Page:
Teens Harvest Leadership, Better Nutrition Through Farming
Dwone Cooper, 17
Health in Motion – watch our grantees tell their own story!
By Rebecca Jones
Photography by James Chance
Dwone Cooper can hardly count all the new experiences he has had since he was hired at GreenLeaf a year ago. He has:
- Discovered what it's like to make personnel decisions since he and his co-workers jointly hire new staff.
- Become adept at public speaking, giving presentations in huge auditoriums and fielding questions from listeners.
- Learned about aquaponics – a cutting-edge, sustainable food production system – plus a lot of old-fashioned gardening techniques.
- Tasted fresh fruits and vegetables that he had never even heard of before, such as a haogen melon that was "incredible."
- Learned business skills and honed better work habits such as getting to his job on time every day.
It's all pretty impressive for a 17-year-old's resume.
"It's been a year now, and I've learned how to run a farm," says Cooper, a student at Denver's Venture Prep High School. "I never knew anything about growing food until I started doing this."
GreenLeaf (www.greenleafdenver.org) is the handiwork of Leah Bry, a onetime union and community organizer with a passion for healthy eating and youth leadership. The organization takes a small group of young people ages 14 to 18 and involves them in urban farming.
The teens do everything – from planning the crops to weeding, irrigating and fertilizing. They also determine what becomes of the harvest.
"GreenLeaf is my best thinking about how to create change working in partnership with young people," Bry says. "They are brilliant and amazing, and already capable of amazing things. When we work in an intensive small-group setting, GreenLeaf is an example of what we can achieve."
Founded in 2008, GreenLeaf involves 16 young people and two adult supervisors farming about 8,000 square feet, split between two farm sites. One, at 25th and Arapahoe streets, was developed in partnership with the Denver Housing Authority. The other, at East 38th Avenue and Williams Street, is a privately owned plot donated by the woman who lives next door.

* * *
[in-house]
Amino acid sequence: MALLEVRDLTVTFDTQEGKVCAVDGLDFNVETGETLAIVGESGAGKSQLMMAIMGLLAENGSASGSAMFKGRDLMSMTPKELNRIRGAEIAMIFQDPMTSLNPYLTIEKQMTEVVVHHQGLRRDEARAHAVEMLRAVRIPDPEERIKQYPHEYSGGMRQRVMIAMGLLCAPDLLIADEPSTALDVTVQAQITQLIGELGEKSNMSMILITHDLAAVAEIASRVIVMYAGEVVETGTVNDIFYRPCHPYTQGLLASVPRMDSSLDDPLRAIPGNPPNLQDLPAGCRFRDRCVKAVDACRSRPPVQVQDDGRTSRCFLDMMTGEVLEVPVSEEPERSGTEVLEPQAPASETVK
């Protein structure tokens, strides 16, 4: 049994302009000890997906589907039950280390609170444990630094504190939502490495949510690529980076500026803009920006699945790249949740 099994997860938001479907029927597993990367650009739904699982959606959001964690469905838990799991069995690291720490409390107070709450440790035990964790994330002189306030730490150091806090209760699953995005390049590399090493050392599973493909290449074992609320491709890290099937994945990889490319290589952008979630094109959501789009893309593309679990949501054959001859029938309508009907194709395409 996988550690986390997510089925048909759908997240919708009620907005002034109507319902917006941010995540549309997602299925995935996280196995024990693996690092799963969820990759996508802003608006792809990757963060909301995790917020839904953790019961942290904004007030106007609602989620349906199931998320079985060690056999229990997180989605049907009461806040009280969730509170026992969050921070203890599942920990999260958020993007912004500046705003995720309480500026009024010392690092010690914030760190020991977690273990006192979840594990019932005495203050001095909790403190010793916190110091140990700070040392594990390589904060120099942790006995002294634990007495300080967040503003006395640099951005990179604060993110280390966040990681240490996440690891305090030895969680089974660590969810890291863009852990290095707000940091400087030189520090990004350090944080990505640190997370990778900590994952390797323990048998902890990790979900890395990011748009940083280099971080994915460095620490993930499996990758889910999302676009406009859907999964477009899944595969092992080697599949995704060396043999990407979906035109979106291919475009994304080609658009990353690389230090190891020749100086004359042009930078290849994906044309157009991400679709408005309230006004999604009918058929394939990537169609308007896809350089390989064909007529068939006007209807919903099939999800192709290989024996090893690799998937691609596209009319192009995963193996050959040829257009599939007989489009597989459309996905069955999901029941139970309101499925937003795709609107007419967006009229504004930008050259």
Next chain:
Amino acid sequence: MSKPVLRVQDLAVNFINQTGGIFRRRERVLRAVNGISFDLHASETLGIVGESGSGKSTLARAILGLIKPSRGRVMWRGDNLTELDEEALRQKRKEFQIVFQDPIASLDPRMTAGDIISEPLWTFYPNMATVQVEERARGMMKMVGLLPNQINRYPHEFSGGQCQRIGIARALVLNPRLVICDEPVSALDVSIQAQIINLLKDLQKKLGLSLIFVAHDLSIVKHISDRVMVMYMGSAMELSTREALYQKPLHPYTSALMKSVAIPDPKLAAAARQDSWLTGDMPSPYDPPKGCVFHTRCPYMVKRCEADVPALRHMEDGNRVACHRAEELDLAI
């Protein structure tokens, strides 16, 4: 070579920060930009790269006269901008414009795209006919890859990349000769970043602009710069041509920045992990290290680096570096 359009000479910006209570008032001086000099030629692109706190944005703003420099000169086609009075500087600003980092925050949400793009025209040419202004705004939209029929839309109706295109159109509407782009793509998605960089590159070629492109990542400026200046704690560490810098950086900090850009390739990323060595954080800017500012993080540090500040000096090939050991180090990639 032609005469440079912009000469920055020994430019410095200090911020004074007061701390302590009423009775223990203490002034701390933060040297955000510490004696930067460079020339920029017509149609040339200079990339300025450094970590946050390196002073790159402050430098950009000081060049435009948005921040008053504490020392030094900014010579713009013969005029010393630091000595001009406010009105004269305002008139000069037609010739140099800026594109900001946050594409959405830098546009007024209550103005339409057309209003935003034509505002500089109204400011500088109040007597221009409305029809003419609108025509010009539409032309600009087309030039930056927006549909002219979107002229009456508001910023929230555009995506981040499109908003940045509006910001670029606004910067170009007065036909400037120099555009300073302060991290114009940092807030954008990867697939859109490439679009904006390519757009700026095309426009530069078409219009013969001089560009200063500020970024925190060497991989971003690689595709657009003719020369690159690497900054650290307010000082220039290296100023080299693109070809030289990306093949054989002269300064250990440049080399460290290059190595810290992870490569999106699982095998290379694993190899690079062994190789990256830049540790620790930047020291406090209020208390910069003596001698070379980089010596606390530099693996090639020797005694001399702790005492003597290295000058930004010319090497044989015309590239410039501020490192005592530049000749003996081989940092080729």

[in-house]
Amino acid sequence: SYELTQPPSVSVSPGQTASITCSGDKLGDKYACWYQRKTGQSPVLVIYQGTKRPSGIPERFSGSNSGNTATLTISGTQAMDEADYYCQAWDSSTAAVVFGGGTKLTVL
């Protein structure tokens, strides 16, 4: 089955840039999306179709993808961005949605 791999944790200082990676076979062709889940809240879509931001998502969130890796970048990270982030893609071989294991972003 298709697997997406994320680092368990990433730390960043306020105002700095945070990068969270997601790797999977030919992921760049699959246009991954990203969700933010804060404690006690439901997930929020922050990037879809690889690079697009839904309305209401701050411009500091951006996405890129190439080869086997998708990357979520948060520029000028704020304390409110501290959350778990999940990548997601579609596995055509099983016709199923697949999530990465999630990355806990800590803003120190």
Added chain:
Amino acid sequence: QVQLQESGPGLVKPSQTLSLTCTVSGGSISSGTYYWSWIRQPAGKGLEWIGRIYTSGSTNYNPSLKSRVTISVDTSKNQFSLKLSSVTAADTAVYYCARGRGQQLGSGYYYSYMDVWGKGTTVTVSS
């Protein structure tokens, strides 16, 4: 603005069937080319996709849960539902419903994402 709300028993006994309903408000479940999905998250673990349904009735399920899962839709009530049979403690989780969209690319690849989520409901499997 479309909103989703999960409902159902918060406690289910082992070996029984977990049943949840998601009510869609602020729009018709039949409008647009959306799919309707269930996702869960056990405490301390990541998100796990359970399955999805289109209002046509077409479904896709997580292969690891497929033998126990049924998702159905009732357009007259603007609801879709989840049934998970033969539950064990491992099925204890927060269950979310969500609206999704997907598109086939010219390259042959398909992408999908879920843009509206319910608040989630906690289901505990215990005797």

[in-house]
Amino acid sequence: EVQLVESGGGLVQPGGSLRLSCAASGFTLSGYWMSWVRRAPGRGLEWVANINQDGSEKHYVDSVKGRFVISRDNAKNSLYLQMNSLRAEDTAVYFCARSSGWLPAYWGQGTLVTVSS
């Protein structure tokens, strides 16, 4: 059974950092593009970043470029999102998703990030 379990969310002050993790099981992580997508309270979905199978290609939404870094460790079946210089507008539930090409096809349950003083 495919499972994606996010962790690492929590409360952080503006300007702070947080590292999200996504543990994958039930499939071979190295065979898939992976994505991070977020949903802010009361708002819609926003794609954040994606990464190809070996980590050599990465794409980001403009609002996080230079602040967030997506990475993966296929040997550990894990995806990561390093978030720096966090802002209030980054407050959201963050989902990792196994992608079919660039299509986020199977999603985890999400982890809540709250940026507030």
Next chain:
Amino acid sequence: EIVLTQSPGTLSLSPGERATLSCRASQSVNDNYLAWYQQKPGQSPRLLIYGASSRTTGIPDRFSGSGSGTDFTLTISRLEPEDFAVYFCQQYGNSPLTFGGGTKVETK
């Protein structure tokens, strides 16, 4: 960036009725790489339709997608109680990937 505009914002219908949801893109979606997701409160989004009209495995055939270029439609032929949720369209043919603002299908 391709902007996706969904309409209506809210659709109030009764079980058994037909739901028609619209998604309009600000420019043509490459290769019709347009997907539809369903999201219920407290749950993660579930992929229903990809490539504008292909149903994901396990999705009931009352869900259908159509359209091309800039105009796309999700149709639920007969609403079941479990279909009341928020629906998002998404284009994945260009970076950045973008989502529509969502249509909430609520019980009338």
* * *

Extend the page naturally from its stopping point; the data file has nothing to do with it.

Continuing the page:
Bry hired her first crew in February 2010. Since then, whenever one member of the crew retires, the others select a replacement.
"They hand out applications, do interviews and check references," says Bry.
The jobs are year-round. During the school year, GreenLeaf workers spend four to five hours a week plus Saturday mornings on the job. In summer, it's a 20-hour-a-week commitment. Workers earn minimum wage but gain valuable leadership experience in addition to their wages. They also reap some of the fruits of their labor.
Bry acknowledges the existing arrangement isn't sustainable from sales alone. "We're intentionally overstaffed," she says. "It doesn't take 18 farmers to cultivate this much land. But we're providing leadership development, and we're also providing food to the neighborhood at below-market prices."
At present, about 2 percent of GreenLeaf's $100,000 annual budget comes from food sales. Most funding comes from grants and fundraising, although Bry hopes that within five years, food sales and other earned income can account for at least 25 percent of the budget.
Last year, GreenLeaf workers determined that they would take home 15 percent of their 2,700 pounds of produce and would donate 20 percent to hunger relief organizations. The remaining 65 percent was sold on-site on a sliding scale.
For Cooper, working with GreenLeaf has changed his and his family's diet.
"It's definitely made me think differently about the food I eat," he says. "Especially fast food. I don't look at it the same anymore. This has made me more aware of eating fresh fruits and vegetables straight from our farm. I think it would be nice for me to have a personal garden for my family one day."